Chuck Schiele: What do you think you’ll play?
Larry Morton: Typically, I’ll just sit down and start improvising. Whatever my mood brings. I’ll get a little hook and creatively mess around with it. Then I’ll segue into a favorite jazz or pop standard or two that I enjoy… whatever comes to mind in that moment. And then I try to get a little classical in. I like to play Chopin. I try t do that because it kind of makes you belly-up to the bar. When you are improvising you can make it as simple or as hard as you want to do. Whereas if you play to a score someone else set the rules and you gotta stick to it. it forces you to be honest. Sometimes we get busy and it’s hard to play every day. But try to make a quest every day to play… even if it’s for five minutes. It’s not that hard to find five minutes. Sometimes, on the weekends I can really hunker down and can go for two hours.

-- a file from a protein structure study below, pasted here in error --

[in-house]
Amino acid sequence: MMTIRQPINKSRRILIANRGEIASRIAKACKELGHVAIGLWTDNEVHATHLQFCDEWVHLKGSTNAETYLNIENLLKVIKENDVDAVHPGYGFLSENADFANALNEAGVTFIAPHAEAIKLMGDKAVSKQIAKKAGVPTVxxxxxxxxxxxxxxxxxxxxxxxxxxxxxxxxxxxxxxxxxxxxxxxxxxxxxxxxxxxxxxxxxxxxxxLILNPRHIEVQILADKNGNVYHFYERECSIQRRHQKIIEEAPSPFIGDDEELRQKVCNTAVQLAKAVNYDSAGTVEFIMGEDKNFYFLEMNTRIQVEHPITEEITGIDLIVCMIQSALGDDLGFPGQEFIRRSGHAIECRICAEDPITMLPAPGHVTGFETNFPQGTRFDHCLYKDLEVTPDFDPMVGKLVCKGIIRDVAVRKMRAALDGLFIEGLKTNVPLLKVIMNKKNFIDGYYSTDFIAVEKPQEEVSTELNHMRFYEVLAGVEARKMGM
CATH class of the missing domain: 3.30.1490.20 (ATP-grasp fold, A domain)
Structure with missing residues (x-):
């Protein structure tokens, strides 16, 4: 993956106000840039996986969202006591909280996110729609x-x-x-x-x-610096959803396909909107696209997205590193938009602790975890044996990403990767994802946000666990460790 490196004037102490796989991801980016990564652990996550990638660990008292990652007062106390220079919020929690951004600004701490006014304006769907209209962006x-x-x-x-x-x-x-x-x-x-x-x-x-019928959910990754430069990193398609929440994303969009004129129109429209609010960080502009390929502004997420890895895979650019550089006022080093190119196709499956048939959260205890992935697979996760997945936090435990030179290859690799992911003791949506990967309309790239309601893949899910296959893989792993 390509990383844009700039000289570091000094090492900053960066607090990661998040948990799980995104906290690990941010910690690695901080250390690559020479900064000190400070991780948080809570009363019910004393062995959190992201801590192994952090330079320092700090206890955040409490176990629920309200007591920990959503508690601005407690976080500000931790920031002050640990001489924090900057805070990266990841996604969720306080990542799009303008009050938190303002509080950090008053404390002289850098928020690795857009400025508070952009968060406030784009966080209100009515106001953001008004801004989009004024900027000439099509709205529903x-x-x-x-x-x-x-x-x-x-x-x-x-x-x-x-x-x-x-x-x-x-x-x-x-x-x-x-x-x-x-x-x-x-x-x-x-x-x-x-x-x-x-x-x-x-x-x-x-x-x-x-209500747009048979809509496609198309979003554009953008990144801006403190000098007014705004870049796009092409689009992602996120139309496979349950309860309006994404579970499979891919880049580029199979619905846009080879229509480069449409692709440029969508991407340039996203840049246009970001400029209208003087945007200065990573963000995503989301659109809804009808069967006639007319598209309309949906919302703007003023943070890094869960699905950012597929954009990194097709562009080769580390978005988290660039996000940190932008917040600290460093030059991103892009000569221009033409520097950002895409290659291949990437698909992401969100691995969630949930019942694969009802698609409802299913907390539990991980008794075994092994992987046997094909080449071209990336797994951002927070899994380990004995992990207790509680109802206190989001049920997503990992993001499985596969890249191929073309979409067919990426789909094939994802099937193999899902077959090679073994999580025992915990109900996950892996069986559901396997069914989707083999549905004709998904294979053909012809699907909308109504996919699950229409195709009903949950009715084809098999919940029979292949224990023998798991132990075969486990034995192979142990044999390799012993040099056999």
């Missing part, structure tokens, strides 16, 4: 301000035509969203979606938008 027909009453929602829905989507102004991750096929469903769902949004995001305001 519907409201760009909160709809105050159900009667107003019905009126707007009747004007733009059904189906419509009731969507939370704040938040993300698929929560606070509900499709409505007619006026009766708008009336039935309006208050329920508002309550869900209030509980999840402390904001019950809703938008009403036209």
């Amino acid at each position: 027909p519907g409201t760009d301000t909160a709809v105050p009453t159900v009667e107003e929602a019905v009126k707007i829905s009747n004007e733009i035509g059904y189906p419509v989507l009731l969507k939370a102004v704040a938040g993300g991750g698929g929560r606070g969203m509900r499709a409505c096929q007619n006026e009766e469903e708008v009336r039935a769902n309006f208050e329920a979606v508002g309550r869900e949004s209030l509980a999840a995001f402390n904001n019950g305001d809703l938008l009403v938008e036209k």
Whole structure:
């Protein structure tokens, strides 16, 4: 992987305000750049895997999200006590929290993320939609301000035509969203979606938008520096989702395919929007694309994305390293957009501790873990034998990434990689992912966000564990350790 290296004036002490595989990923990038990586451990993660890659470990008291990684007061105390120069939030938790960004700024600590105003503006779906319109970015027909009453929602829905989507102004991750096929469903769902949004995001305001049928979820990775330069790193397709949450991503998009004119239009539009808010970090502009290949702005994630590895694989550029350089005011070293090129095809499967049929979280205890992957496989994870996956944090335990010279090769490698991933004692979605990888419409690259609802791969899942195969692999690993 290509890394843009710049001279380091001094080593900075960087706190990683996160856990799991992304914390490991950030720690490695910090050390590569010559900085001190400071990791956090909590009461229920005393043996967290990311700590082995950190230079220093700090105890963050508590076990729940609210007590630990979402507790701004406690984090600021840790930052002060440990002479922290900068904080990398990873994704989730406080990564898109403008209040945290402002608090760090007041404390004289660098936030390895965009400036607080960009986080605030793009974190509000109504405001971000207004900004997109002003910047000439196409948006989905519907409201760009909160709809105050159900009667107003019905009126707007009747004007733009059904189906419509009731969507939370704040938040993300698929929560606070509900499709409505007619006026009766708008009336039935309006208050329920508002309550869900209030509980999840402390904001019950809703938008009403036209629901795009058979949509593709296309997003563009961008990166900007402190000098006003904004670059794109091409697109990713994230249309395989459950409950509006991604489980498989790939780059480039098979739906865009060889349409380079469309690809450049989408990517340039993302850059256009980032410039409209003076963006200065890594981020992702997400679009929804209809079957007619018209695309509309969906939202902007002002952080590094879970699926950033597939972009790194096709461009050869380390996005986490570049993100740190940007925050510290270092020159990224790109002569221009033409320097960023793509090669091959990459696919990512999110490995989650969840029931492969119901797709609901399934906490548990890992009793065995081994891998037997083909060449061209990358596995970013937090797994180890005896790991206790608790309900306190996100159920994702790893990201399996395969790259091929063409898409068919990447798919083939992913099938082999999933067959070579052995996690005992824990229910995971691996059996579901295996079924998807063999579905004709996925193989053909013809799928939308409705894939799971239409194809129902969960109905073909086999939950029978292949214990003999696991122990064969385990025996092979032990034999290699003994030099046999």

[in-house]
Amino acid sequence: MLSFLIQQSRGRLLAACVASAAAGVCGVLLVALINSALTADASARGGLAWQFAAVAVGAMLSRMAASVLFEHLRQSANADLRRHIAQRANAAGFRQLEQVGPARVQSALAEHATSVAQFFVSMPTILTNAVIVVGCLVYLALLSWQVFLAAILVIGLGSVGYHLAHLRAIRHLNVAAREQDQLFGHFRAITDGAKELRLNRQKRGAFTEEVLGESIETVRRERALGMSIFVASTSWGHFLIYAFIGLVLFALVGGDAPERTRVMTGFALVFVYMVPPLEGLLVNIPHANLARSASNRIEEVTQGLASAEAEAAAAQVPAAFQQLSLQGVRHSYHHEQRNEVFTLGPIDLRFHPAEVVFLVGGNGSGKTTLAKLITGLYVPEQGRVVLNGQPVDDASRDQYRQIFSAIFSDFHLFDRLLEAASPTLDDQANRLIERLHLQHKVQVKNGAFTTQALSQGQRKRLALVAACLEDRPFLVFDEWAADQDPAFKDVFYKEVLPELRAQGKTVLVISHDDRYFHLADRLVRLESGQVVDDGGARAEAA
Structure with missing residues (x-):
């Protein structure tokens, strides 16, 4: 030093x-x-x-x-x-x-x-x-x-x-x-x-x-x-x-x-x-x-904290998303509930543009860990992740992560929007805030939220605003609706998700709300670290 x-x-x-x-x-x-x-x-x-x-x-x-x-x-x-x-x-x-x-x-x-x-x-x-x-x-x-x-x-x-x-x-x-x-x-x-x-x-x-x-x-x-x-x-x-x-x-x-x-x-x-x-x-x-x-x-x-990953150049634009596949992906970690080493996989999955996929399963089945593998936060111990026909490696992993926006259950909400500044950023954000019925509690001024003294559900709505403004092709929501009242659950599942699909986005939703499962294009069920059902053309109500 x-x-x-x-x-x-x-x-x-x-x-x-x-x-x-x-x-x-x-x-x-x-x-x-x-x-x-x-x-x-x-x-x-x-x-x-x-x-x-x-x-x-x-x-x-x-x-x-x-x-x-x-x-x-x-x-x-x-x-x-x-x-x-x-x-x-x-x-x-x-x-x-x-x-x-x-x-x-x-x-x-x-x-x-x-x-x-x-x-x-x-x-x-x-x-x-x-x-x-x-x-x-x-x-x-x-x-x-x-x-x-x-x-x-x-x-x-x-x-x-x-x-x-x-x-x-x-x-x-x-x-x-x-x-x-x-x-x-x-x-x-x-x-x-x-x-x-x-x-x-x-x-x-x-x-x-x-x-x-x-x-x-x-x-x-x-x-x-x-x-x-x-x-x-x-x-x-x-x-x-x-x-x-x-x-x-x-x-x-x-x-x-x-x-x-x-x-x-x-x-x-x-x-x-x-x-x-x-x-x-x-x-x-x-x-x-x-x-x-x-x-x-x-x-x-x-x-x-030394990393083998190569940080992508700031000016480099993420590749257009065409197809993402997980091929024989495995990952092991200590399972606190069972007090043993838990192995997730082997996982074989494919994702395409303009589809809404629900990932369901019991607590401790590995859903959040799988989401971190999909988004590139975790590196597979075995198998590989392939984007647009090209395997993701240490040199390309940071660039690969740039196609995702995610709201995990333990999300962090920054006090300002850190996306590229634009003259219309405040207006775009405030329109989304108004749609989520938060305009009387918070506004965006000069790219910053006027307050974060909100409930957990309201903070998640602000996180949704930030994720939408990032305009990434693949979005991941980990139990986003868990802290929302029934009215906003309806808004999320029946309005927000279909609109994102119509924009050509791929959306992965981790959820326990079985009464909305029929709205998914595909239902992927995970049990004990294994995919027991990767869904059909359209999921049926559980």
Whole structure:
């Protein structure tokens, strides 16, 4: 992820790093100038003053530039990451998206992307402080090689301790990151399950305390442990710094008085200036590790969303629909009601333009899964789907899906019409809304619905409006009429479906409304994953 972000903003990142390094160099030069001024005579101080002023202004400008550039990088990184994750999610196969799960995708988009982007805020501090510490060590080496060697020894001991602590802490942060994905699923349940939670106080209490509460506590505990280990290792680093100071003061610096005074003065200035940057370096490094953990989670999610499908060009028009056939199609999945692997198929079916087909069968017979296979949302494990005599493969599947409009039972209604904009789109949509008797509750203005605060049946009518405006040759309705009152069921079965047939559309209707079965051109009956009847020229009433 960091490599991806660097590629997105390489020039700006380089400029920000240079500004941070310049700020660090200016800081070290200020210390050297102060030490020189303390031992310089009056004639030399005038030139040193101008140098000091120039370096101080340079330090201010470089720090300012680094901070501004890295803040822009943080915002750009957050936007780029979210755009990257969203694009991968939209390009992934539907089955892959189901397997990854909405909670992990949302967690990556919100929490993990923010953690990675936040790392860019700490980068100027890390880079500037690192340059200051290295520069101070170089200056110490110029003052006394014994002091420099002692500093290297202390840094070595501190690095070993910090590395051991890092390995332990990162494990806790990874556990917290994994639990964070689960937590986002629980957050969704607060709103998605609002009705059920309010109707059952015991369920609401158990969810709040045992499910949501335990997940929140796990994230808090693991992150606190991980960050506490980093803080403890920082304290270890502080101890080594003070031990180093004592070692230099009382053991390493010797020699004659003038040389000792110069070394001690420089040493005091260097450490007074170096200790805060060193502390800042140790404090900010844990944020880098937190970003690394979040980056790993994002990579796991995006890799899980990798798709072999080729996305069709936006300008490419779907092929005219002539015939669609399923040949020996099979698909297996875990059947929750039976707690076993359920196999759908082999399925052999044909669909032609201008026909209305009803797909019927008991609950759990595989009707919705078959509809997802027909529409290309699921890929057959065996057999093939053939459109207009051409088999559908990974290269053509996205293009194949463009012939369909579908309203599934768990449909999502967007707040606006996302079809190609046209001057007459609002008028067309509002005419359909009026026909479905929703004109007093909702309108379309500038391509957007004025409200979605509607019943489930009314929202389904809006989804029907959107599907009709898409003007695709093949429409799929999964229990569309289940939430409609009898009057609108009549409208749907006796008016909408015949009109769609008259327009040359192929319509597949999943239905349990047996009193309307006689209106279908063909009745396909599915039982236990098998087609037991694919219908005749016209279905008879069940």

Chuck Schiele: So, when you’re not being the Head Honcho and you’re just a man, a musician, and you go into that place — I call it “the room” — the state where only you and the music exist, what does it mean for you to go into that room?
Larry Morton: For me it means “my happy place.” I love that moment when I can block out all the business side of it because it reminds me why I got into this to start with. It reminds me why I even care because the work connects to music. So, that’s always been a great feeling for me to get into the music that far and forget all the other stuff.
Chuck Schiele: One of the things that is critically interesting in our COVID time now is the human consideration… right? health as it relates to the effects of the virus, versus the realities of business and our country’s economics. It’s hard as we try to find a way to balance these things that is smart, good for everybody, and good for the future of our nation. Some people take up yoga. Some get on the horn and do more business. People are doing things professionally and personally. If it’s not too personal, what are some of the things you do in the face of your set of challenges?
Larry Morton: One of my hobbies is actually Triathlon. I took it up in 2012 just after my 50th birthday